The Washington Post

Turnover at Federal Reserve adds uncertainty to interest rate and QE3 promises

The sun rises to the east of the Federal Reserve building in Washington. Half of the Fed’s powerful rate-setting committee could leave as the withdrawal of its stimulus program looms. (Jonathan Ernst/Reuters)

The Federal Reserve is facing significant turnover among top officials at a time when it is trying to craft a long-term strategy for winding down its support for the nation’s economy.

The looming departure of Fed Chairman Ben S. Bernanke when his term ends in January has garnered the most attention on Wall Street and in Washington. But as much as half of the central bank’s powerful policy-setting committee could also leave next year — making it the biggest transition at the Fed since before the recession.

The policy committee steers the nation’s economy by setting interest rates that determine what businesses and consumers pay for loans. The personnel changes have heightened the uncertainty surrounding the Fed’s next moves. That’s because one of the main ways the central bank has tried to bolster the economy now is by promising to act in the future.

Fed officials say they won’t stop buying long-term bonds intended to bolster the recovery until the unemployment rate hits 7 percent. They also vowed to keep short-term interest rates low, at least until the jobless rate hits 6.5 percent or inflation rises above 2.5 percent.

But by the time those criteria are met, a new cast of characters could be calling the shots at the central bank.

“It’s a legitimate question to ask: Are those messages that the Fed has sent over the past several months correct?” said Roberto Perli, head of monetary policy research at Cornerstone Macro. “The answer is, it depends.”

Economists do not expect the newest members of the Fed to scrap those plans entirely. But even small shifts in policy can have outsize implications for the markets and the economy. U.S. stocks have been on a roller coaster since the Fed broached the idea of scaling back its bond purchases later this year. Investors are obsessed with when it will begin — September or December? — and the size of the reduction.

The turmoil on Wall Street is trickling into the real economy. Mortgage rates have steadily climbed amid a sell-off in the bond market, and there are signs that the increase could be slowing the housing recovery.

For now, the Fed believes that the benefits of its stimulus programs outweigh the costs. But a vocal minority within the institution has grown increasingly uncomfortable with the trade-off. At its most recent meeting, the Fed discussed altering the conditions it set for raising interest rates. Although officials made no changes, the debate is likely to be taken up again after the Fed’s new members arrive.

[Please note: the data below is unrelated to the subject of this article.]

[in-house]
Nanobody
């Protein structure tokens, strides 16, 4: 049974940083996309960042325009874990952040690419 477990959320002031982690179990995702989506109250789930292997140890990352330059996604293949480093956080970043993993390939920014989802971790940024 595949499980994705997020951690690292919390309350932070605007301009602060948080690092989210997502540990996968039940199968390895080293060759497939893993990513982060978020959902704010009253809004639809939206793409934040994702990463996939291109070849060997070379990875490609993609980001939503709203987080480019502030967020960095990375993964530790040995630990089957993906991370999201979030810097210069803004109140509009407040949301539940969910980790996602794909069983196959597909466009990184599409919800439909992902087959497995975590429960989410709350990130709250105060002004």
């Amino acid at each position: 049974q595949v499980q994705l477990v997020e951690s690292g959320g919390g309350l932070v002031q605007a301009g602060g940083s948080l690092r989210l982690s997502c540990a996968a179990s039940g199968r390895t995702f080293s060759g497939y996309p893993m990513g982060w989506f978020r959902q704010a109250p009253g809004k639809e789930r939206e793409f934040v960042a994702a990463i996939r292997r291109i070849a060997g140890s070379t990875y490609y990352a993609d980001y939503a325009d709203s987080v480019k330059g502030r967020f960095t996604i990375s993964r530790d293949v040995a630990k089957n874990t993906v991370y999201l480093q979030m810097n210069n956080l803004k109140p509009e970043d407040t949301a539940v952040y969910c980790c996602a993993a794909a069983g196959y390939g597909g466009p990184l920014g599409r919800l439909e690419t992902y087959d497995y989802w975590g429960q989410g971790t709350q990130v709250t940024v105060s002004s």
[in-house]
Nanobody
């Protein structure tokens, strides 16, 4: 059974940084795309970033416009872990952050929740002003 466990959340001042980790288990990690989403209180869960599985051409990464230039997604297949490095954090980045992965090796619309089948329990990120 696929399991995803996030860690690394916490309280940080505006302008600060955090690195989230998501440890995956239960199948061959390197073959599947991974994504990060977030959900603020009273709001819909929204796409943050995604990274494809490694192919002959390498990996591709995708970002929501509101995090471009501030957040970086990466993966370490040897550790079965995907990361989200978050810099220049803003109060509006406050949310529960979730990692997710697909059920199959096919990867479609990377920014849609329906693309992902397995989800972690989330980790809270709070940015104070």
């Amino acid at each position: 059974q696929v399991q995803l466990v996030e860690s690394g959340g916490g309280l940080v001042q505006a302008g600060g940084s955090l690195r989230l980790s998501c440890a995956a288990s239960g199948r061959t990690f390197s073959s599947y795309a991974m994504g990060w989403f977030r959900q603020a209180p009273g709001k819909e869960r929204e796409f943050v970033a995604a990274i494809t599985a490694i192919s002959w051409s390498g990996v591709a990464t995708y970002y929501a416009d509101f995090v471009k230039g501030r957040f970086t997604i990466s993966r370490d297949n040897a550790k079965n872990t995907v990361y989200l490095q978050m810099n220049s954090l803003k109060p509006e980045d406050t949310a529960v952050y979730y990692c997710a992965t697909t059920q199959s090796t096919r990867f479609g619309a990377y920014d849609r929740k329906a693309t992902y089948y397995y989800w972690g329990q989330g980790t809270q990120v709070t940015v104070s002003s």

“A different set of people on the Fed could have a different view on what the appropriate unemployment rate is,” said Nigel Gault, co-chief economist at the Parthenon Group. “The Fed can change its mind.”

One of the leading candidates to replace Bernanke is Janet Yellen, vice chair of the Fed and a stalwart defender of its existing policies. The other is former Treasury secretary Lawrence H. Summers, who has carefully guarded his views on monetary policy.

President Obama has said he will choose a chairman this fall. But his administration has not focused on finding candidates to fill the other vacancies. Elizabeth Duke, a Fed governor, stepped down at the end of August, and Sarah Bloom Raskin, also a Fed governor, has been nominated to be deputy treasury secretary. Governor Jerome Powell’s term ends in January, although he could continue serving if no replacement is named. And Yellen is not expected to stick around if she does not land the top job.

Finally, Cleveland Fed President Sandra Pianalto will retire early next year — just as she is slated to rotate onto the central bank’s policy-setting committee. Her successor will be named by the bank’s board of directors, which said a decision will be made in early 2014.

All told, at least four new people — and as many as six — will be on the Fed’s 12-member policy committee next year.

“It takes time for markets to become comfortable in the sense that they can understand — or think they can understand — what the M.O. of particular central bank leadership is all about,” said Mark Spindel, founder of Potomac River Capital.

In some ways, the changes are part of the natural evolution of the Fed as it shifts out of crisis mode. The last time the central bank’s leadership underwent such significant change was in 2006, just before the nation’s financial system began to crack. Bernanke has led the institution through one of the most perilous times in economic history, and Obama acknowledged that he has “stayed a lot longer than he wanted or he was supposed to.”

Duke echoed that sentiment in an interview with the Virginian-Pilot, saying she is ready for a break.

“It seems like it’s been just one huge decision after another,” she told the newspaper. “It’s been pretty stressful all the way through.”

However, there is still one important task facing the Bernanke Fed: taking the first step toward allowing the economy to stand on its own.

“I think the biggest gift that Bernanke could give the next chairman is to start the process of tapering” Fed stimulus, said Diane Swonk, chief economist at Mesirow Financial. “That would set the stage for continuity of his policies.”

Ylan Q. Mui is a financial reporter at The Washington Post covering the Federal Reserve and the economy.



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